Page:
We’d say “Gawd bless yer, Alf!” – but Mitchell’s a humanist…

Do you have anything to say about this topic? Or do you have some suggestions for other issues we might discuss in our weekly email? Why not comment and tell us?

Virtual Snacks

Just a few suggestions if you have a little time to spare:

Here’s Warren Mitchell’s entry on the Internet Movie Database (IMDb).

He’s one of the British Humanist Association’s Distinguished Supporters. You can read more about the Association and about humanism at the BHA’s website.

Bizarre Searches

Some strange search terms which have led people to visit British Expat recently:

  • phsychiatric
  • dogs singing the theme to battersea dogs home
  • sex power by sea food
  • clown dressed up as a vultures
  • jet vest
  • what are the guidelines i in garlic bread
  • how can i shorten my bathroom basin pedestal
  • how to get a man sprung in bed
  • a taxi passenger tapped the driver on the shoulder to ask him a question. the driver screamed lost
  • are there good gangs in the uk and elsewhere

Till next time…
Happy surfing!

Kay & Dave
Editor & Deputy Editor
British Expat Magazine


“I brought a magnum of champagne and a box of chocolates as big as this table, but they weren’t allowed in the flat because they weren’t kosher. The son-in-law started on me over dinner. ‘Why did you marry out of the faith? You realise you are completing Hitler’s job for him, destroying the Jewish nation?’ I said, ‘Ilsa, I have to go, darling. I can’t listen; this is not what I expected.’ It was very sad. The whole evening ended disastrously – which it always does when you meet fundamentalists, doesn’t it?”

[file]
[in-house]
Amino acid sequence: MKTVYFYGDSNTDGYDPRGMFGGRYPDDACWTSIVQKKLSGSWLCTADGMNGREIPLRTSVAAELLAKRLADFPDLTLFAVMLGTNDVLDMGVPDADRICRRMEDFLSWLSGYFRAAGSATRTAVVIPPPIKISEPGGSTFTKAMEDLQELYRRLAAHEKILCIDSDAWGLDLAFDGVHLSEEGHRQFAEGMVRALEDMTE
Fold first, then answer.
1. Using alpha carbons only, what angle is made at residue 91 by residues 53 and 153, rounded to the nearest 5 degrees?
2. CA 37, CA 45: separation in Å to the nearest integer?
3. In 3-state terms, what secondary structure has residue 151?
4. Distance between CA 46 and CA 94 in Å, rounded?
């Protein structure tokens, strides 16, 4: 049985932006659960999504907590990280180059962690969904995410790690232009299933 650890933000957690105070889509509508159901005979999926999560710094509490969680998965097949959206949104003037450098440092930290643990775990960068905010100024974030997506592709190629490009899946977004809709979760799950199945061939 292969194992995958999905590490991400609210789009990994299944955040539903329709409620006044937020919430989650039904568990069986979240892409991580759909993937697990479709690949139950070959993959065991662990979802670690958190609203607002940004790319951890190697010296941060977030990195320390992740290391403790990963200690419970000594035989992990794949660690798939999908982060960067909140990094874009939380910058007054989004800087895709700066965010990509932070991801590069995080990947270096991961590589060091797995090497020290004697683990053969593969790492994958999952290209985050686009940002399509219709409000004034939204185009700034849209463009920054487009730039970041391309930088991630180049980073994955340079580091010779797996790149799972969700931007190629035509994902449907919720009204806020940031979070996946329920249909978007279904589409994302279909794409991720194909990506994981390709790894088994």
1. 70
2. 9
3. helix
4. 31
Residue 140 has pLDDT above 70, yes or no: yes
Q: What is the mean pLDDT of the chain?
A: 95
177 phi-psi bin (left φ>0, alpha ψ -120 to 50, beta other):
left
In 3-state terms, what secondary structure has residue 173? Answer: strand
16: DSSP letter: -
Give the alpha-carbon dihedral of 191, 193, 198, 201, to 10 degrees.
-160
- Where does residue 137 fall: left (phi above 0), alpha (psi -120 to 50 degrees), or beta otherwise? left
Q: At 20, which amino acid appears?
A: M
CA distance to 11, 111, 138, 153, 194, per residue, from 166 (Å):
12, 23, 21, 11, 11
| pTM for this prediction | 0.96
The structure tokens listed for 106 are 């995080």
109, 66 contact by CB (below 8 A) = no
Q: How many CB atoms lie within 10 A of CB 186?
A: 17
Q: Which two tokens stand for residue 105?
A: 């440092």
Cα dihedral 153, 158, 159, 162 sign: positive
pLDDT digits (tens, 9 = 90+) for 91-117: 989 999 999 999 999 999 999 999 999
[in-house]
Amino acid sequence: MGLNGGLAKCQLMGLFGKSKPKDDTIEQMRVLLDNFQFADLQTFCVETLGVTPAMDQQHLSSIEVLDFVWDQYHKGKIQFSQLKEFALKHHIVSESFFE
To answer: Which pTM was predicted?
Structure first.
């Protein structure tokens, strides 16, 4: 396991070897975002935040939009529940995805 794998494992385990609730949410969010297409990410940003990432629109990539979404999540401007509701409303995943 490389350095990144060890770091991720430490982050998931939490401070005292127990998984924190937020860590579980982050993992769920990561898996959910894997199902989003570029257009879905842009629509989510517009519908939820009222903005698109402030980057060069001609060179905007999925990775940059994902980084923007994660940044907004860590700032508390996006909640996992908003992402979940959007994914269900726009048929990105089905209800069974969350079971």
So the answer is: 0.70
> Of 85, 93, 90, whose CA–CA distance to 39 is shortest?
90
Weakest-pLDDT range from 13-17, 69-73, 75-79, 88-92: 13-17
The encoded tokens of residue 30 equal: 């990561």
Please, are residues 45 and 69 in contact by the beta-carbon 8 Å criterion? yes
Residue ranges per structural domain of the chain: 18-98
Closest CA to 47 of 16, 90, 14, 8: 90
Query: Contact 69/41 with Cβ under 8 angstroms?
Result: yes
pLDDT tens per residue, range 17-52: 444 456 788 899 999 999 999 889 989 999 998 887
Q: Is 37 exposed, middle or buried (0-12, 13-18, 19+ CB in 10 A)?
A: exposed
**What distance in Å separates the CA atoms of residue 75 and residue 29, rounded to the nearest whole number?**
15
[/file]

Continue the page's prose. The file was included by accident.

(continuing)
– Warren Mitchell, actor (1926- ), on a visit to his adoptive sister Ilsa Moses’s daughter and son-in-law in New York.


Back in Russian Poland in the 19th century, the only cow in a small town stopped giving milk. The people did some research and found that they could buy a cow from Moscow for 2,000 roubles, or one from Minsk for 1,000 roubles. Being frugal, they bought the cow from Minsk.

The cow was wonderful. It produced lots of milk all the time, and the people were amazed and very happy. They decided to acquire a bull to mate with the cow and produce more cows like it. Then they would never have to worry about the milk supply again.

They bought a bull and put it in the pasture with their beloved cow. However, whenever the bull came close to the cow, the cow would move away. No matter what approach the bull tried, the cow would move away from the bull and he could not succeed in his quest.

The people were very upset and decided to ask their wise rabbi what to do. They told the rabbi what was happening. “Whenever the bull approaches our cow, she moves away. If he approaches from the back, she moves forward. When he approaches her from the front, she backs off. An approach from the side and she just walks away to the other side.”

The rabbi thought about this for a minute and asked, “Did you buy this cow from Minsk?”

The people were dumbfounded, since they had never mentioned where they had bought the cow.

“You are truly a wise rabbi,” they said. “How did you know we got the cow from Minsk?”

The rabbi answered sadly, “My wife is from Minsk.”